Dong devaluation barely cures Vietnam’s woes

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Vietnam risks getting stuck in a cycle of currency devaluations unless it matches its foreign exchange measures with policies to bring inflation under control and effectively limit the growing trade deficit.

Inflation is creeping higher once again and the trade deficit is expanding, undermining official efforts to draw US dollars being hoarded by Vietnamese back into circulation and so reduce a drain on foreign currency reserves.

The State Bank of Vietnam on Thursday devalued the dong by 3.25 percent and imposed a cap on dollar deposit rates. It was the third devaluation since December 2008, bringing the central bank’s daily reference rate down by a total of more than 11 percent in just over a year.

Bui Kien Thanh, a former government adviser, said neither measure addressed the underlying need for broader policy changes.

“The State Bank foreign exchange reserves will shrink further and the State Bank will be forced to take further action to defend dong parity,” he said.

“There will be no end to this vicious circle. A new approach and a new monetary policy are necessary to blow new life into the economy, instead of rearguard actions and negative regulations.”

The dong is managed in a trading band and has been under persistent pressure to depreciate for nearly two years as the economy overheated and then weakened during the global financial crisis.

Past policy steps to stop the slide have had little effect.

Many Vietnamese have traditionally saved some dollars, but officials have raised the alarm over hoarding as the global economic crisis reduced the country’s supply of the currency.

A pick up in inflation as the economy recovers and a widening trade deficit will likely give Vietnamese more reason to hoard dollars, analysts say. As long as macroeconomic worries remain, the dong will stay under pressure, economists said.

Singapore-based DBS said in a note on Thursday the devaluation was expected â€" and more would come.

“Fundamentally, the devaluation should not come as a surprise,” it said, adding “more is probably coming over the course of the year”.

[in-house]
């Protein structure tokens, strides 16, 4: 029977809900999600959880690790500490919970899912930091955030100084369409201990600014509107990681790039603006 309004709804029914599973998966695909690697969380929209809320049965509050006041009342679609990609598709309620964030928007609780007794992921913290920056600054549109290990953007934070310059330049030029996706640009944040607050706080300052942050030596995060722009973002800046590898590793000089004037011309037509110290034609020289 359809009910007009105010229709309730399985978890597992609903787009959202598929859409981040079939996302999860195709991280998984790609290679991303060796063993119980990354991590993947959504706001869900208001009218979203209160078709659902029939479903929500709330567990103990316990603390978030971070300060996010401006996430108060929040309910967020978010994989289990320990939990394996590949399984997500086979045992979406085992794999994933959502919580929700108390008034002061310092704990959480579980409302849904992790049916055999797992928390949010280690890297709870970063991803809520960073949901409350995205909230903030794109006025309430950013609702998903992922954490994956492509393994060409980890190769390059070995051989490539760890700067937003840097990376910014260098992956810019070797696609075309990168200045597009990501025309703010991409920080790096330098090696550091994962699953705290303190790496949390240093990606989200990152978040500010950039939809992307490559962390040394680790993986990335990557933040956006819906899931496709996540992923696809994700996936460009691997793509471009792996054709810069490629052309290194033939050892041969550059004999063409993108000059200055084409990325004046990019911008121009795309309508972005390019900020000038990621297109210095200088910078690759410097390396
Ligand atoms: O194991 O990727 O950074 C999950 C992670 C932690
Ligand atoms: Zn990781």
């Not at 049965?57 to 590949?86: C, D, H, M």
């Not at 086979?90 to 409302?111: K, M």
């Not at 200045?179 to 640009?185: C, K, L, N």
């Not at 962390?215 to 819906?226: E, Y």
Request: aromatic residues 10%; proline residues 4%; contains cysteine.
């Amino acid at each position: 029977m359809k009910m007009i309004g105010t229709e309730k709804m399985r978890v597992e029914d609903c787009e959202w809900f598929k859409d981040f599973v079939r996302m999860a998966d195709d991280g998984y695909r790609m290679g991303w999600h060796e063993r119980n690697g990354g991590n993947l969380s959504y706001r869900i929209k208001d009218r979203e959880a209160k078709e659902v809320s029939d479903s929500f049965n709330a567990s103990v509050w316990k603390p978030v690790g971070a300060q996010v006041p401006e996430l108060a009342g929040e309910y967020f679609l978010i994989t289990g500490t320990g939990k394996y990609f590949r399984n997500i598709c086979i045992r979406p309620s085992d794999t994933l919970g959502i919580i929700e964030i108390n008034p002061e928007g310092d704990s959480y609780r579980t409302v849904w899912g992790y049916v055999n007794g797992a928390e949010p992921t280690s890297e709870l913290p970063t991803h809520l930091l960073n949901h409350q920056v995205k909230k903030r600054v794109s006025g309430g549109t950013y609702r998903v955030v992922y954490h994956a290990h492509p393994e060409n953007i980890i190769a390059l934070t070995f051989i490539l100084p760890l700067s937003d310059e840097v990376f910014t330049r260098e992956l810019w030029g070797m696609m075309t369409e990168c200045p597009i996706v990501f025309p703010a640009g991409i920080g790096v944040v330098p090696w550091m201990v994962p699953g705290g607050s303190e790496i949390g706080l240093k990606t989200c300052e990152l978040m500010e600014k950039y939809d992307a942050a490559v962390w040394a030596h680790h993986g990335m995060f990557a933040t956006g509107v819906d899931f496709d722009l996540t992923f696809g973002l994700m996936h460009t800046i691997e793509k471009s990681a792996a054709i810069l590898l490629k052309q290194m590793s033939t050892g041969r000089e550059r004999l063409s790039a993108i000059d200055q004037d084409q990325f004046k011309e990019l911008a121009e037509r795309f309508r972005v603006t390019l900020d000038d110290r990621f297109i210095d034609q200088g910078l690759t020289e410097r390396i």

Inflation, a raw nerve for Vietnamese that experienced hyper inflation in the 1980s, is on the rise once again.

After trending lower during most of 2009 to a low of 2 percent in August, it rebounded to 7.6 percent by January to stand above a 2010 government target of 7 percent.

HSBC currency strategist Daniel Hui says inflation will reach double digits in the second quarter of the year.

The trade deficit has ballooned in recent years from $5 billion (3 billion pounds) in 2006 to $18 billion in 2008. The global downturn saw it narrow to $12 billion last year but the deficit in January this year was already well over $1 billion.

The central bank said it hopes its latest measures would balance currency demand and supply and stabilise the economy.


The devaluation pushed the weak end of the trading band to 19,100 dong per dollar, a hair’s breadth from where the currency had been trading in the unofficial market.

Unofficial rates remained outside the band on Thursday, reflecting expectations the dong will weaken further.

Indeed, DBS’s year-end target for the dong at 19,640 per dollar, predicts a 2.7 percent fall from 19,100. A senior foreign exchange trader at a Vietnamese bank said he expected the rate to hit 20,000 by the end of 2010, a drop of 4.5 percent.

Offshore one-year non-deliverable forwards were quoted at 20,194/21,194 on Thursday, implying the dong would fall more than 5 percent.

The cap on dollar deposit rates was the central bank’s latest effort to flush the US currency back into circulation. Authorities complained last year of hoarding and ordered state firms to sell dollars.

Earlier this month, the central bank reported major state-owned firms had sold $450 million to banks since December to ease the dollar shortage.

The amount was less than a quarter of the $1.9 billion in deposits seven state-owned companies named in the order were holding at the end of November, online newspaper VNExpress ( reported, quoting central bank data.

Vietnamese have traditionally turned to dollars and gold at times of economic uncertainty and memories of hyper-inflation remain strong.

HSBC’s Hui and economist Wellian Wiranto said in a client note domestic interest rates need to rise to lower expectations of inflation and therefore the desire to hold dollars, otherwise that desire will not abate.

“In fact, the risk is that this move will only eventually exacerbate expectations of future depreciation, and fuel more dollar demand,” they said.

The central bank raised the benchmark base rate by 100 basis points in December to 8 percent and the government has said monetary policy would gradually tighten this year.

Central bank governor Nguyen Van Giau told Reuters that rates would not be raised before the Lunar New Year. But economists and bankers expect an increase in March once the seasonal dong liquidity crunch caused by the new year holiday, or Tet, subsides.

HSBC forecasts the base rate will rise as much as 4 percentage points this year to 12 percent.

The central bank’s devaluation, announced on Wednesday night, caught the market off guard.

Traders had been selling dollars in the run-up to Tet to take advantage of a rise in short-term dong rates, pushed up by increased cash demand ahead of the holiday starting this weekend.

Vietnam’s foreign reserves are a state secret, but International Monetary Fund data showed they shrank 21 percent to $18.8 billion at the end of August 2009 from the end of 2008.

Central bank rules only allow the dong to be traded against the dollar in a band 3 percent either side of the midpoint.

Vietnamese currency dong is seen at a bank in Hanoi November 25, 2009.

Source: Reuters

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